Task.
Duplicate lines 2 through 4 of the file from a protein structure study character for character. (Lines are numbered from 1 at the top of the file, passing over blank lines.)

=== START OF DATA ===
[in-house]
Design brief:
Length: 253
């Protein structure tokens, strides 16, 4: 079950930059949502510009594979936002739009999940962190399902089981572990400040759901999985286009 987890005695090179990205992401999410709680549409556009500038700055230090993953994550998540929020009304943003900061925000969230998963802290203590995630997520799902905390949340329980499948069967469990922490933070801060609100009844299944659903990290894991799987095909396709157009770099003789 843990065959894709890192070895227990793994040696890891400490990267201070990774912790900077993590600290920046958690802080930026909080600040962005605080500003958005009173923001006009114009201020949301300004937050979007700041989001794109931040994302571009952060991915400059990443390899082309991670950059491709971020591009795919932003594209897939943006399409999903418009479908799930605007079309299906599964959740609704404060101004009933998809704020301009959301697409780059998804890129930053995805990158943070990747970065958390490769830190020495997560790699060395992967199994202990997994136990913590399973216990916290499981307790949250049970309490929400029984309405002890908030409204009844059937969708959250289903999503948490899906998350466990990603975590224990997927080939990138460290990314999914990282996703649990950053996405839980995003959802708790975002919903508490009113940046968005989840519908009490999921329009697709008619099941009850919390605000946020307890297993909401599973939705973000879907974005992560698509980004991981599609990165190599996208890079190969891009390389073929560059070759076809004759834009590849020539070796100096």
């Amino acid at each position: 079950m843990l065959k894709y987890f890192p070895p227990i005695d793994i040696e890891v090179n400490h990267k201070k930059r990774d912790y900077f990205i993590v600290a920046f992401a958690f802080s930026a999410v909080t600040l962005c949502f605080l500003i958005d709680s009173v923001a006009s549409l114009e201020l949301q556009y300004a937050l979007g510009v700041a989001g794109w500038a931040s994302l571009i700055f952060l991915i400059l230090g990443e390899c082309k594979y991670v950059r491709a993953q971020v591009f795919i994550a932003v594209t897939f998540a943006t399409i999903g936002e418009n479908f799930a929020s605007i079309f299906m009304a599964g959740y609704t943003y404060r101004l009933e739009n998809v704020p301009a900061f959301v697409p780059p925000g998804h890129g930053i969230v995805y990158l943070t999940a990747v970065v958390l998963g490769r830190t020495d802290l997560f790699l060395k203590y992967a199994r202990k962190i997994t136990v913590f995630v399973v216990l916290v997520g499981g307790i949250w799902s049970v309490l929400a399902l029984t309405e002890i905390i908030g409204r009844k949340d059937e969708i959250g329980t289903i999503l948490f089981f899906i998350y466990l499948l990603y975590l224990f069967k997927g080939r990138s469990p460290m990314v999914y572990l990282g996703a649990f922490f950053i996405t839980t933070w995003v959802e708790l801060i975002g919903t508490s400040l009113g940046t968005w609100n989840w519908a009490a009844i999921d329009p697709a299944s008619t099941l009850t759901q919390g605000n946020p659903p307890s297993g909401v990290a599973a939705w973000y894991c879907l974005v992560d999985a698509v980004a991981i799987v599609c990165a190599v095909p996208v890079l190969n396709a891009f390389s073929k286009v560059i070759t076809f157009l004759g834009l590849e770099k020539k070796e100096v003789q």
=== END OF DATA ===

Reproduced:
Design brief:
Length: 253
């Protein structure tokens, strides 16, 4: 079950930059949502510009594979936002739009999940962190399902089981572990400040759901999985286009 987890005695090179990205992401999410709680549409556009500038700055230090993953994550998540929020009304943003900061925000969230998963802290203590995630997520799902905390949340329980499948069967469990922490933070801060609100009844299944659903990290894991799987095909396709157009770099003789 843990065959894709890192070895227990793994040696890891400490990267201070990774912790900077993590600290920046958690802080930026909080600040962005605080500003958005009173923001006009114009201020949301300004937050979007700041989001794109931040994302571009952060991915400059990443390899082309991670950059491709971020591009795919932003594209897939943006399409999903418009479908799930605007079309299906599964959740609704404060101004009933998809704020301009959301697409780059998804890129930053995805990158943070990747970065958390490769830190020495997560790699060395992967199994202990997994136990913590399973216990916290499981307790949250049970309490929400029984309405002890908030409204009844059937969708959250289903999503948490899906998350466990990603975590224990997927080939990138460290990314999914990282996703649990950053996405839980995003959802708790975002919903508490009113940046968005989840519908009490999921329009697709008619099941009850919390605000946020307890297993909401599973939705973000879907974005992560698509980004991981599609990165190599996208890079190969891009390389073929560059070759076809004759834009590849020539070796100096």